Martin calls on research, especially psychology-related, throughout the book and introduces the ideas of specialists in the field, for example, Dr Jean Baker Miller and her work on female relationships. Again, this hit close to the bone. Friendships are important, but they are also personal and so for some people that does mean a big girl gang, while for other people it's a few people that give you all you need, and others with whom your bond remains even if you go a year or more without speaking to them. Whatever your situation, there's nothing like feeling left out (whether you were or weren't) when you hear of a party you weren't invited to, or can't keep up with a conversation because of all the in-jokes you aren't privy to. The key is to work out what really matters, how you can sort the real truth from the version you've constructed in your head, and how you can deal with it all.
I could go on and on, and probably write as many words as the book itself, but needless to say, I found it a great read, if a little uncomfortable at times when the examples reminded me of things that make me sad in the way they apply to me. There are a lot of take-home messages from the book, and techniques you can try. I'm already taking the time to stop and ask myself if I'm mad for the sake of being mad if I'm deliberately trying to start arguments, and why. Because there's always a why.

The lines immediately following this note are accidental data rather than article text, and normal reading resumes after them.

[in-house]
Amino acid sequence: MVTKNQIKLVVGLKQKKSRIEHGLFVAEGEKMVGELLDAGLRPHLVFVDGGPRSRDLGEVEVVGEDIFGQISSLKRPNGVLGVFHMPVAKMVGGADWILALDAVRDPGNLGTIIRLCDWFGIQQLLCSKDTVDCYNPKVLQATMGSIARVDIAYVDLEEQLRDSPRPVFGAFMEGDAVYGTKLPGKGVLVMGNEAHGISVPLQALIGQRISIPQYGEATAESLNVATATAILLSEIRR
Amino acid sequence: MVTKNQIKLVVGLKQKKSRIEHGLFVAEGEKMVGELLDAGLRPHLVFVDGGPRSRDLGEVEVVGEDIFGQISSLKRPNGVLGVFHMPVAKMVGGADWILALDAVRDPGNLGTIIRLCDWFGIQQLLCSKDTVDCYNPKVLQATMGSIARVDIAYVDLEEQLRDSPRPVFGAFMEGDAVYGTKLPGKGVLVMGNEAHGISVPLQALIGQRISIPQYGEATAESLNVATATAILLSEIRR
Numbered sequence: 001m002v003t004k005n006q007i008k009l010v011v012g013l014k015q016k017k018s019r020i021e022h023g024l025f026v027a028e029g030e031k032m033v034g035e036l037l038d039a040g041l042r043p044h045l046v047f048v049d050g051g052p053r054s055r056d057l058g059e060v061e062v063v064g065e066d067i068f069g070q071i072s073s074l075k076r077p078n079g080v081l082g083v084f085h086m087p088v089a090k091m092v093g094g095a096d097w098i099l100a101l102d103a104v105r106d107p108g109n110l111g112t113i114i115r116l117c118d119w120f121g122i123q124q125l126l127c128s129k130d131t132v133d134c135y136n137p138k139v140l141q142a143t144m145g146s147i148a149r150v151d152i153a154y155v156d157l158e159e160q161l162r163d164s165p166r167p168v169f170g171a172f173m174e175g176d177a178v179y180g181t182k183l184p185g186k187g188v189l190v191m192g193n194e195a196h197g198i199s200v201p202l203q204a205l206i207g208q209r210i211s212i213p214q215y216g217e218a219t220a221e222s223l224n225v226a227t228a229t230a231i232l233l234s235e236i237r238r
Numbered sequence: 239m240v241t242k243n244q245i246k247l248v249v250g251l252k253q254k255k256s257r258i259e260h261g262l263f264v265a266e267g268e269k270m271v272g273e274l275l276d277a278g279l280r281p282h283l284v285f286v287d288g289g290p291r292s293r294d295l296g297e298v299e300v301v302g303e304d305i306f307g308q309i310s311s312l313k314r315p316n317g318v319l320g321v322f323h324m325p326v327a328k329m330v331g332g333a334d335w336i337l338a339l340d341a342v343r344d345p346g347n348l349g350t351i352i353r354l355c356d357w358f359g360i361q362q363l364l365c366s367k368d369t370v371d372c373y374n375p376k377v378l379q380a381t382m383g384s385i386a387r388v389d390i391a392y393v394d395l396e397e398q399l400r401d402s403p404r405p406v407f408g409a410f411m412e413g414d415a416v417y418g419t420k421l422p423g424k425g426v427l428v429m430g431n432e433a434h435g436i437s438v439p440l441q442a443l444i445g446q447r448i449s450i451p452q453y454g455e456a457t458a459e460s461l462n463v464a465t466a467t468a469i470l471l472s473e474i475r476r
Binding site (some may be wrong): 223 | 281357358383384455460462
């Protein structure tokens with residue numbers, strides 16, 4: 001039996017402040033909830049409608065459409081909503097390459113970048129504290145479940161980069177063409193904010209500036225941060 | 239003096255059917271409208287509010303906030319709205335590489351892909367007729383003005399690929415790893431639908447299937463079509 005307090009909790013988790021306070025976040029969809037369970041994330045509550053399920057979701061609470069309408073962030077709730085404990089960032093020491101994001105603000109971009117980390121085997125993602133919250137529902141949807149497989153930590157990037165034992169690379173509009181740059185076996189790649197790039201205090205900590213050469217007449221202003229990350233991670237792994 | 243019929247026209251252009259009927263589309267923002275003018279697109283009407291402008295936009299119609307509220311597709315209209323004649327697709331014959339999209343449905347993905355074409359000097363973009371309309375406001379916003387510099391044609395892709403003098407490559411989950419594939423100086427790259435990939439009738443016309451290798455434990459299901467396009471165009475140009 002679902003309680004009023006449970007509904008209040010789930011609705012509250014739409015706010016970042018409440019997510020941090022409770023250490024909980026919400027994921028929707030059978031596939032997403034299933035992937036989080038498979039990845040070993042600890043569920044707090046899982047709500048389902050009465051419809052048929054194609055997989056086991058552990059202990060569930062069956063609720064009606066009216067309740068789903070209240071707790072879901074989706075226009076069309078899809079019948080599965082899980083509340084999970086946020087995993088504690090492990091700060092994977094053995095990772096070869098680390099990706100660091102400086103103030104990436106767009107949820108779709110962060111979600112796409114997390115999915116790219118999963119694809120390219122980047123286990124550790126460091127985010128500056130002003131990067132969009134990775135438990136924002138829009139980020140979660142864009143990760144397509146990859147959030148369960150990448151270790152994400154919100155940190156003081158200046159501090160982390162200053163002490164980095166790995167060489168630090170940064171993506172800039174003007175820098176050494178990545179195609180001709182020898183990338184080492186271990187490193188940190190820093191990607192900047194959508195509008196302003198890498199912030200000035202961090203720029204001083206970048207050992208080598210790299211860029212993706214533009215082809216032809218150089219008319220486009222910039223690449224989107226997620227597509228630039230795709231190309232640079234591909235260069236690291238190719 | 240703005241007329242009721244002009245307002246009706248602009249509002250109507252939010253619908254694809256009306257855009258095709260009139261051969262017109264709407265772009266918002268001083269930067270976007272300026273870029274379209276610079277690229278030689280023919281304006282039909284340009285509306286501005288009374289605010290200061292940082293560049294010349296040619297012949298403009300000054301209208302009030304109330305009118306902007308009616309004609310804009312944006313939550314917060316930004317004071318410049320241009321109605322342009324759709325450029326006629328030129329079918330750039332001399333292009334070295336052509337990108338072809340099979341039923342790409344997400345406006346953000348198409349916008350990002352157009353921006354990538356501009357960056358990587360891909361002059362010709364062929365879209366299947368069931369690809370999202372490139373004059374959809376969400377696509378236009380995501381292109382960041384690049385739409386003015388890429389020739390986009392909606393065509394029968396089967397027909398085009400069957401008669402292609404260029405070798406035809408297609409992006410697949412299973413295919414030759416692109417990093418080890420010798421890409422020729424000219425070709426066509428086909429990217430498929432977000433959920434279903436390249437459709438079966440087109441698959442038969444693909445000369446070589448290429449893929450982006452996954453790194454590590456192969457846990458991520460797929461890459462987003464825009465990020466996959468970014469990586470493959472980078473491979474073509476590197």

I would recommend this book and wish I'd read it earlier. You can take from it what you will, and this may change with time, so I'll definitely give it another read in a year or two…or sooner if someone again refers to me as wife of Dave.
I'd like to thank the publishers for sending us a copy to review. If this is your sort of read, you might also enjoy 13 Things Mentally Strong People Don't Do by Amy Morin Beyond Thought by Chris Dhladhla or Failosophy: A handbook for when things go wrong by Elizabeth Day